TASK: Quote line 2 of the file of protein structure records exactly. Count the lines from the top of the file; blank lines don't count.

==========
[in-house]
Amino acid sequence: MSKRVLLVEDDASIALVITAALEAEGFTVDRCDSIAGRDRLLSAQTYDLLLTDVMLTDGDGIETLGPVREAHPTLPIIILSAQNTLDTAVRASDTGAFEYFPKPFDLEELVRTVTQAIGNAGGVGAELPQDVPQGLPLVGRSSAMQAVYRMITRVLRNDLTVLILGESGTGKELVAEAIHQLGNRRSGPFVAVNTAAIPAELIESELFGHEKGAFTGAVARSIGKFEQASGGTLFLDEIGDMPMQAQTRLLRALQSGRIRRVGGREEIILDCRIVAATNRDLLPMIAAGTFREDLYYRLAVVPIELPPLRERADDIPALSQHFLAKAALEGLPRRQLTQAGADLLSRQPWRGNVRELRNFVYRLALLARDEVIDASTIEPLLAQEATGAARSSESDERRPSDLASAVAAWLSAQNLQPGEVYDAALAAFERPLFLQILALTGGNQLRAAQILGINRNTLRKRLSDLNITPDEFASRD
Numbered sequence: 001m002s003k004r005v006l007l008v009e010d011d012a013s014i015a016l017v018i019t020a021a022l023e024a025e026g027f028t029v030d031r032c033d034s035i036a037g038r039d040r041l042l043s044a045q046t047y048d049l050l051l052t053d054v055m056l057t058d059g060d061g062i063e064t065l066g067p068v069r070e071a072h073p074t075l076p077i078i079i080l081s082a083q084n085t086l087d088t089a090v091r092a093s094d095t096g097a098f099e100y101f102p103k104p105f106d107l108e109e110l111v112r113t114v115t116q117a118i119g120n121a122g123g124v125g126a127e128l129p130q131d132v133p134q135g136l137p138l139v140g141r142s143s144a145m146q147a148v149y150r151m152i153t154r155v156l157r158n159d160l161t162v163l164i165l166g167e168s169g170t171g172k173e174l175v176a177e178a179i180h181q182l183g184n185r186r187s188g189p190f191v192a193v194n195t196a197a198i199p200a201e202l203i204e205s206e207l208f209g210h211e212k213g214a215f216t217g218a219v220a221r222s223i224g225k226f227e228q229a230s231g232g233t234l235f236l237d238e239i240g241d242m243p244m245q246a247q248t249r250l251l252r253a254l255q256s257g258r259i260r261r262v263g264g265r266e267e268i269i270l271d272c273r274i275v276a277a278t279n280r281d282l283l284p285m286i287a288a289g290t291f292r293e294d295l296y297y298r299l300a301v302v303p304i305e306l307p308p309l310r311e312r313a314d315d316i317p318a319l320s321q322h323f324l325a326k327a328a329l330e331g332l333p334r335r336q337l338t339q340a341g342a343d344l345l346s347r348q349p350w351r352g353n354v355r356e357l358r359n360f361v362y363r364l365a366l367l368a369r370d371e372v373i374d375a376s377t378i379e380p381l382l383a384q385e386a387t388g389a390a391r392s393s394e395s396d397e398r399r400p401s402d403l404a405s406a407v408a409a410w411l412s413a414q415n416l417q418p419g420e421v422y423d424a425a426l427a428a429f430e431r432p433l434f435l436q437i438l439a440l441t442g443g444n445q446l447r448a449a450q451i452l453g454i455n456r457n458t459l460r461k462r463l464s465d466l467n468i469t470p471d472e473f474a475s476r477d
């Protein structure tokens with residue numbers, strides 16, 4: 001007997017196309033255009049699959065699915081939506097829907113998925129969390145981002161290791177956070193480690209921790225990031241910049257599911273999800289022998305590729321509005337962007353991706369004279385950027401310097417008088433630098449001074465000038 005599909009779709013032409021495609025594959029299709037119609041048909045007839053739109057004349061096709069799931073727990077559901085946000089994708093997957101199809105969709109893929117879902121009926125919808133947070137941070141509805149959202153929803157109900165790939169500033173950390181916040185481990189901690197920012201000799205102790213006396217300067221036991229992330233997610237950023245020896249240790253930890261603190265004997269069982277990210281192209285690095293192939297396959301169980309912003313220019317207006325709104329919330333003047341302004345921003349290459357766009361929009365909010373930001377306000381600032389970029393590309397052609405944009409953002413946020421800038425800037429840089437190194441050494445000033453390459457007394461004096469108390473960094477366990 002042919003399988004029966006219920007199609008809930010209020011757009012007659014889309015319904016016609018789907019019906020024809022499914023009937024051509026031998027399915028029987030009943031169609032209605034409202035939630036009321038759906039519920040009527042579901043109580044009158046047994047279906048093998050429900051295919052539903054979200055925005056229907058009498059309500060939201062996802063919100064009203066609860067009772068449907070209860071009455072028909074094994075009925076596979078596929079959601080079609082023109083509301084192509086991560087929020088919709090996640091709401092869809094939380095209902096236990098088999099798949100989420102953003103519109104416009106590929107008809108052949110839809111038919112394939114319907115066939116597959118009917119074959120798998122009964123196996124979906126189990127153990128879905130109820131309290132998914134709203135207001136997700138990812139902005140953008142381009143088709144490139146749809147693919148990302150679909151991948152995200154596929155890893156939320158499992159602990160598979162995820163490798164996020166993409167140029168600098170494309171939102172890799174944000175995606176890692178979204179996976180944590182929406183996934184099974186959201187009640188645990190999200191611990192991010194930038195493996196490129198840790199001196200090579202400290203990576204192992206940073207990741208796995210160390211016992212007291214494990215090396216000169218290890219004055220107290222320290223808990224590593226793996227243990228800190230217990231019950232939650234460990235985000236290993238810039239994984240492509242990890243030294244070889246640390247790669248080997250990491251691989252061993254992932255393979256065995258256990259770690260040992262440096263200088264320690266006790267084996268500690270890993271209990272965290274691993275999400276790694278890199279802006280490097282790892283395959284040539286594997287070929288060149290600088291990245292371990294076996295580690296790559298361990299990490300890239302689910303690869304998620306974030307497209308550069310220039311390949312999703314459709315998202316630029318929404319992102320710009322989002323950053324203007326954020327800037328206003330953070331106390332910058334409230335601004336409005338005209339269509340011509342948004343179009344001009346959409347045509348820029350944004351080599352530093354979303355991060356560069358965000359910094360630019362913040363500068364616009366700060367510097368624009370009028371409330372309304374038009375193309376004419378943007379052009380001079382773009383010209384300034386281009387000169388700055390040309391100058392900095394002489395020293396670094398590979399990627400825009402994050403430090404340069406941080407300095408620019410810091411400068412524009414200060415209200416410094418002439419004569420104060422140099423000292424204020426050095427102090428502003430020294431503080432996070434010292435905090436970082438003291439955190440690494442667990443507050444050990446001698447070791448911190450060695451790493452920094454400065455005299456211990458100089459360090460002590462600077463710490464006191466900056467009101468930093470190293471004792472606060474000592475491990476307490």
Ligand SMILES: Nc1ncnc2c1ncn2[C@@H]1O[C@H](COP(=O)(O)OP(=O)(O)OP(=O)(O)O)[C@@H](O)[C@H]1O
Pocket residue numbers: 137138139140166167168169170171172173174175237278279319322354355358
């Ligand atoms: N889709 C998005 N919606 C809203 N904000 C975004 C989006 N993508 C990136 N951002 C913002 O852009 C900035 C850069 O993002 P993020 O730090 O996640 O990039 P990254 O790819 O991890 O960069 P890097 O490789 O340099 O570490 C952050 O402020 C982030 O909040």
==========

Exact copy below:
Amino acid sequence: MSKRVLLVEDDASIALVITAALEAEGFTVDRCDSIAGRDRLLSAQTYDLLLTDVMLTDGDGIETLGPVREAHPTLPIIILSAQNTLDTAVRASDTGAFEYFPKPFDLEELVRTVTQAIGNAGGVGAELPQDVPQGLPLVGRSSAMQAVYRMITRVLRNDLTVLILGESGTGKELVAEAIHQLGNRRSGPFVAVNTAAIPAELIESELFGHEKGAFTGAVARSIGKFEQASGGTLFLDEIGDMPMQAQTRLLRALQSGRIRRVGGREEIILDCRIVAATNRDLLPMIAAGTFREDLYYRLAVVPIELPPLRERADDIPALSQHFLAKAALEGLPRRQLTQAGADLLSRQPWRGNVRELRNFVYRLALLARDEVIDASTIEPLLAQEATGAARSSESDERRPSDLASAVAAWLSAQNLQPGEVYDAALAAFERPLFLQILALTGGNQLRAAQILGINRNTLRKRLSDLNITPDEFASRD